By JASON MERCIER
Imagine the following scenario: It’s the day after the election and you open the morning paper to learn that the next governor won’t be known for weeks. Ridiculous? Unfortunately in Washington that is exactly what voters can expect for at least some of the state’s election races.
Last year, supporters of the school levy constitutional amendment were staring at defeat the day after the election, but eventually absentee bailouts showed the measure passed. And who could forget the roller coaster race for governor in 2004 that showed Dino Rossi in the lead weeks after the election, though his lead dwindled with each passing day, eventually being reversed in a second recount.
So why does Washington suffer a marathon election month while the rest of the nation can wake up the day after the election and move on? The culprit is not the state’s shift to vote-by-mail, but it is the way we conduct our elections.
Washington is one of only six states that count absentee ballots that arrive after election day. In most states, mail-in ballots must either be received by election day or must be dropped off before the polls close. Washington, however, only requires that a ballot be postmarked by election day. This policy unnecessarily complicates the tabulation of votes and can leave the results of close races a mystery for weeks.
With the state now all vote-by-mail, with the exception of King and Pierce counties, it is time to require all ballots be received on election day. This is exactly what Arizona, California, Colorado, Florida, Georgia, Hawaii, Idaho, Kansas, Maine, Montana, Nebraska, Nevada, New Jersey, New Mexico, Oklahoma, Oregon, South Dakota, Vermont, Wisconsin and Wyoming require. North Carolina goes a step further, requiring absentee ballots to be returned by 5 p.m. the day before the election.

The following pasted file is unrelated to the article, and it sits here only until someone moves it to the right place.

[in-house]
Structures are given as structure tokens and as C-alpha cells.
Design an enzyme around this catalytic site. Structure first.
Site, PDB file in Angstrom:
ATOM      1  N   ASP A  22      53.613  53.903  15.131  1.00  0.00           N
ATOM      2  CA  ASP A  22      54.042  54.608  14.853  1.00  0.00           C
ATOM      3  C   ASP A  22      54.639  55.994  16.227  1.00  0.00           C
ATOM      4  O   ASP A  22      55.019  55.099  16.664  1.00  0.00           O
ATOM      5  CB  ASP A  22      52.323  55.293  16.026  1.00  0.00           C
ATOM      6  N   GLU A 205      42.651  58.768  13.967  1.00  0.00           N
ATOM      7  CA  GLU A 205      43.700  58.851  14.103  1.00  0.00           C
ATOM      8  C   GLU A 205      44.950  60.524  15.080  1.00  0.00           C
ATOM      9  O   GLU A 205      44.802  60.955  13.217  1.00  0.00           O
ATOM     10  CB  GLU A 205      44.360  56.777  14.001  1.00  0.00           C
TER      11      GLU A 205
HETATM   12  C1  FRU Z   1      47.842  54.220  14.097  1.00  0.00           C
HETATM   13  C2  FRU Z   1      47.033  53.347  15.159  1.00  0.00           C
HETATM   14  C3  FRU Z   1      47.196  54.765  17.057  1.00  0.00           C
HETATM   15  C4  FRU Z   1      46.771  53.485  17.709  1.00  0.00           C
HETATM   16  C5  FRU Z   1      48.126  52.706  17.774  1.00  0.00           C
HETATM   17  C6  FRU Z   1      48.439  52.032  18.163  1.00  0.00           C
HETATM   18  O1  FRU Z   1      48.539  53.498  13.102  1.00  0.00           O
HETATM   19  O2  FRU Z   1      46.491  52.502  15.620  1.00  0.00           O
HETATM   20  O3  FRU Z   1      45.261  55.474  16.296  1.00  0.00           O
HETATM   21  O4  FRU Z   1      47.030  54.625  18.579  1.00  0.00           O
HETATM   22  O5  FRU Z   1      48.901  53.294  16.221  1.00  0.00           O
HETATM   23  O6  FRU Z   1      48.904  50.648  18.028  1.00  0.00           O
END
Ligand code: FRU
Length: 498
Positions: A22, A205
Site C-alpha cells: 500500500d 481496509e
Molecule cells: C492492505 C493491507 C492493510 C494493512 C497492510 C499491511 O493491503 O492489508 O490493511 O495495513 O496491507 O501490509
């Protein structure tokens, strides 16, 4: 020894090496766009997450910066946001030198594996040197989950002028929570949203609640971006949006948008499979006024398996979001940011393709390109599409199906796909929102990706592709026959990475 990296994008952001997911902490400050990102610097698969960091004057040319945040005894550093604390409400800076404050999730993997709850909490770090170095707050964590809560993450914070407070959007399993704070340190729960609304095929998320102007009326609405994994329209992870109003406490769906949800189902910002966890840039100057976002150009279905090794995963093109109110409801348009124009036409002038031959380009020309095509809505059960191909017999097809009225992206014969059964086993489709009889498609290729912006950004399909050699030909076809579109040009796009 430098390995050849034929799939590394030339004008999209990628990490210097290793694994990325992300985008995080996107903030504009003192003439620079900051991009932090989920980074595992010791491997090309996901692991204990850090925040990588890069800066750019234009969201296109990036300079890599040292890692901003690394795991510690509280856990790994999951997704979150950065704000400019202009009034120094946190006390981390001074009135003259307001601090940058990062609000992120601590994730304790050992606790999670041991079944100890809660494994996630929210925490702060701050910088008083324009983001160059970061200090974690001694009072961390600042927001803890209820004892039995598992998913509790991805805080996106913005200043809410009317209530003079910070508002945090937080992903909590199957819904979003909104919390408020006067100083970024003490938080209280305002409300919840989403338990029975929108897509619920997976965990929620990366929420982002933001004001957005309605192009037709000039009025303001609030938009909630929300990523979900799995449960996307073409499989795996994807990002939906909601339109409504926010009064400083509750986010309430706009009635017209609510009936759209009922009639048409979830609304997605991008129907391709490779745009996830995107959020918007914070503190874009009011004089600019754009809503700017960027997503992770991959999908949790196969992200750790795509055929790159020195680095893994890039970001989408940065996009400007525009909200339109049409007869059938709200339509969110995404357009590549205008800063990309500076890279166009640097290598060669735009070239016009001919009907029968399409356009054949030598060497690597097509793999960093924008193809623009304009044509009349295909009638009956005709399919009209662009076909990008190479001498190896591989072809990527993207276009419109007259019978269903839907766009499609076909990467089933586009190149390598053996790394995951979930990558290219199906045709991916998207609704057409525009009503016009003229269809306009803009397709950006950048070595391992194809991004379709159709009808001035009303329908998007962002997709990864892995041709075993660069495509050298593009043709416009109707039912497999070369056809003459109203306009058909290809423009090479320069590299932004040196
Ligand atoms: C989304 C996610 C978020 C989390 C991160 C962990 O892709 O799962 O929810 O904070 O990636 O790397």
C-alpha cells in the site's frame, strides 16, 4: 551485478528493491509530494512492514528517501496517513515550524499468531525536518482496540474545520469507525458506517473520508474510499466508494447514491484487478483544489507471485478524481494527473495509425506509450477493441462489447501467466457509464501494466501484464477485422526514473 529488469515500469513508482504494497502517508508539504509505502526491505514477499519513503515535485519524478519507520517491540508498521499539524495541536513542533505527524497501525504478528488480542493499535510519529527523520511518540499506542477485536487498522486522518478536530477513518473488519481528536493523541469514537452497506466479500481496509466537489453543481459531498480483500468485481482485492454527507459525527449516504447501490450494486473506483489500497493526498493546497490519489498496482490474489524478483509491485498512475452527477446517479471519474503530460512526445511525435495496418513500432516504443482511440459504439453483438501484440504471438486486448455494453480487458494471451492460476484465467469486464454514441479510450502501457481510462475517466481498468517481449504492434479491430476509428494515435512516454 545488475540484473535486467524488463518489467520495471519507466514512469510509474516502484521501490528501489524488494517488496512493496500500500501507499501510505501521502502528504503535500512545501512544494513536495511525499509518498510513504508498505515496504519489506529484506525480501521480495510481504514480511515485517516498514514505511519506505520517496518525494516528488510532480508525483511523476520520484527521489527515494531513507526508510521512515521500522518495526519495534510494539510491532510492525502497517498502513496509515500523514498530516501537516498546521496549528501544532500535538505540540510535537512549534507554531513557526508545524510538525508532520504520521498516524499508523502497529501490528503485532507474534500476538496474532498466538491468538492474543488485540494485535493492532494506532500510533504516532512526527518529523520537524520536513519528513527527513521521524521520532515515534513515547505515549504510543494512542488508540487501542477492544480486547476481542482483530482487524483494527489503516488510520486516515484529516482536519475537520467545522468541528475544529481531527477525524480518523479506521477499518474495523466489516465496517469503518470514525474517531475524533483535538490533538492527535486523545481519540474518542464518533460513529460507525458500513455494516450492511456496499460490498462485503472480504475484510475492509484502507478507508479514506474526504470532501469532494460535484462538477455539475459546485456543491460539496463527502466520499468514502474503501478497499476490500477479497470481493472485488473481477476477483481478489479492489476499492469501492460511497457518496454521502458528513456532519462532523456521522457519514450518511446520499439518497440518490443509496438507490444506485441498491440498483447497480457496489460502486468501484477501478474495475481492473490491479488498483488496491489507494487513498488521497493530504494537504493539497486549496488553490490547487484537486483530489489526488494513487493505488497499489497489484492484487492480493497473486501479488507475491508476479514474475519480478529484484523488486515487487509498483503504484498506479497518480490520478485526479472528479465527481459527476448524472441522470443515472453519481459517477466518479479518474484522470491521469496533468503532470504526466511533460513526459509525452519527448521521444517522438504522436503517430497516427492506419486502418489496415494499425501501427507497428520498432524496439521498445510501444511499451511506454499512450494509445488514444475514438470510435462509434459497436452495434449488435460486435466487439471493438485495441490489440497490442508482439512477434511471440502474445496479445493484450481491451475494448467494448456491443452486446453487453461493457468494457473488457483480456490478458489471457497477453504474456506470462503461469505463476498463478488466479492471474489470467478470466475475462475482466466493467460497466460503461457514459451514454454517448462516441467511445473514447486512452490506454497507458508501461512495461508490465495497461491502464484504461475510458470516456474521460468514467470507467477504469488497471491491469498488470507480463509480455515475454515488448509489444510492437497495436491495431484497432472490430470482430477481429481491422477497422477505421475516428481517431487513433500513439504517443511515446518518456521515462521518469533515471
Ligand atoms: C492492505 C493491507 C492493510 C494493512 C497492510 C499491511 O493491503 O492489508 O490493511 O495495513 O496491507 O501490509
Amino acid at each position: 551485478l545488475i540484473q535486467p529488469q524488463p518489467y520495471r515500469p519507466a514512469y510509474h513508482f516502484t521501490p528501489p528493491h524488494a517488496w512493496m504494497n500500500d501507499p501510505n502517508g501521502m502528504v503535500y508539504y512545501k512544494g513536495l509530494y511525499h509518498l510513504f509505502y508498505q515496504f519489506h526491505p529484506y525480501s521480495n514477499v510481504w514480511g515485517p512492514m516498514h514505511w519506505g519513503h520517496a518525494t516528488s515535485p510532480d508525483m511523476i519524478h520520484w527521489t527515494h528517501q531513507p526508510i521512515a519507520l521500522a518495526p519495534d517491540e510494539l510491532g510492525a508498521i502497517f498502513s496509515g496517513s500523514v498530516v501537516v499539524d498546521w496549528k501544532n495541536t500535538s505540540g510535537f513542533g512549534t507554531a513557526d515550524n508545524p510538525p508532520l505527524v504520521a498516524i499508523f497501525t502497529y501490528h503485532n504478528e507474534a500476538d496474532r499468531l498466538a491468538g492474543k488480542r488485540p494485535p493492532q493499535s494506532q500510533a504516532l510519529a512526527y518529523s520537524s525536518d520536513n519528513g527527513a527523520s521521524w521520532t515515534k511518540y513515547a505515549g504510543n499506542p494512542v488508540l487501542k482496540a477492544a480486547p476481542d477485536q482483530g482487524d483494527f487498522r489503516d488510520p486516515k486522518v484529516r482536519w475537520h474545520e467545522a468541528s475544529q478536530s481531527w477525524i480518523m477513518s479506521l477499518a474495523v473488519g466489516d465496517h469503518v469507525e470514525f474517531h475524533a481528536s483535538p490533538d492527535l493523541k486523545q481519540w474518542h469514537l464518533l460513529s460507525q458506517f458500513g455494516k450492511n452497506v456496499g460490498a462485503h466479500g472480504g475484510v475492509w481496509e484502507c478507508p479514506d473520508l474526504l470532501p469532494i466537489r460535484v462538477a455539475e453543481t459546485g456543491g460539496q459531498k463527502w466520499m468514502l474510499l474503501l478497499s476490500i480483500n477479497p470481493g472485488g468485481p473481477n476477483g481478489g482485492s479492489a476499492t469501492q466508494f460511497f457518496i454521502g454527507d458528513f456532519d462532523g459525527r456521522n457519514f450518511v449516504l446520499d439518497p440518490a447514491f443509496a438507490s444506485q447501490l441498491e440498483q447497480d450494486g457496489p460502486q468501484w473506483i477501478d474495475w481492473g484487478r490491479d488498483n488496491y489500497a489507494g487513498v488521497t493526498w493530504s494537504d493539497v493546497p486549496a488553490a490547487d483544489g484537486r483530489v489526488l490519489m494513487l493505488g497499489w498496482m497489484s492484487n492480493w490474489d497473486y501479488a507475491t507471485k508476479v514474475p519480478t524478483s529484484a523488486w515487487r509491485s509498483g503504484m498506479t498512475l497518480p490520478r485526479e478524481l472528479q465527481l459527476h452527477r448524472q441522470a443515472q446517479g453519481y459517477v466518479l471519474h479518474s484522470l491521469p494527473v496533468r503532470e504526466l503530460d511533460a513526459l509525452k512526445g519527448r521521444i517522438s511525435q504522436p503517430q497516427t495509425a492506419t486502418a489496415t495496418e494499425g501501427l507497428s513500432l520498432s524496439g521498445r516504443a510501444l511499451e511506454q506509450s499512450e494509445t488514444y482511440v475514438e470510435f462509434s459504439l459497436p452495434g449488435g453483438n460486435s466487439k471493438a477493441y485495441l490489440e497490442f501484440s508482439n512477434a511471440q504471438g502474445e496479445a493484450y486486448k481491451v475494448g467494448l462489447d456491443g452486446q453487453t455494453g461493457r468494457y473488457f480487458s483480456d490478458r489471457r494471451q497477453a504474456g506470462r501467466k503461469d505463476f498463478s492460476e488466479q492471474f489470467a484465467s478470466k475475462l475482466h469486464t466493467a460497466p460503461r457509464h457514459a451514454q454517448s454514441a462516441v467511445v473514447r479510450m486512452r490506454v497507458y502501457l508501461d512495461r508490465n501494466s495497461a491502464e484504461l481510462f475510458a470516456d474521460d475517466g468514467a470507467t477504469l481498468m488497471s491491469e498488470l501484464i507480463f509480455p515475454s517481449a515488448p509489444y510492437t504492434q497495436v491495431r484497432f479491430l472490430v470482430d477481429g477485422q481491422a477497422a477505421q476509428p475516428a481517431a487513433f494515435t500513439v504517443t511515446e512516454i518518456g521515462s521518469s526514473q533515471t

Washington Secretary of State Sam Reed supports requiring mail-in ballots to be turned in by election day. Speaking on his behalf, state elections director Nick Handy told the Associated Press, “We believe it builds greater trust and confidence in the system.”
Despite having the secretary of state’s support, bills introduced in the past to make this change have died, running into the legislative grim reaper of election reform hiding under the guise of preventing “voter disenfranchisement.” Apparently, people who oppose joining the majority of states that require absentee ballots to be received by election day fear that doing so will somehow disenfranchise voters. Even when considering the most undecided of voters facing a severe case of procrastination, under this change they still would be able to take their ballot to a precinct drop-off location on election day. This no more disenfranchises voters than not allowing voters to continuing voting beyond election day just to make sure they are really sure after seeing what everyone else does.
While the lack of speedy election clarity is an irritant for Washingtonians, imagine what would happen under our current policy if the presidential race relied on the outcome of our state’s ballots? The ensuing chaos could make Florida’s 2004 hanging-chad contest look like an exercise in election discipline. This is especially true if the presidential numbers mirrored what happened during the state’s 2004 gubernatorial race and were magnified for weeks on 24-hour cable news networks.
Of course, if the 2004 election weren’t enough to prod the state into this common-sense reform, perhaps it will take being embarrassed on the national stage to make sure our state has an election day and not election month. Let’s hope it doesn’t come to that.
Jason Mercier is director of the Center for Government Reform at Washington Policy Center, a policy research organization based in Seattle and Olympia. It can be contacted at (206) 937-9691 and washingtonpolicy.org.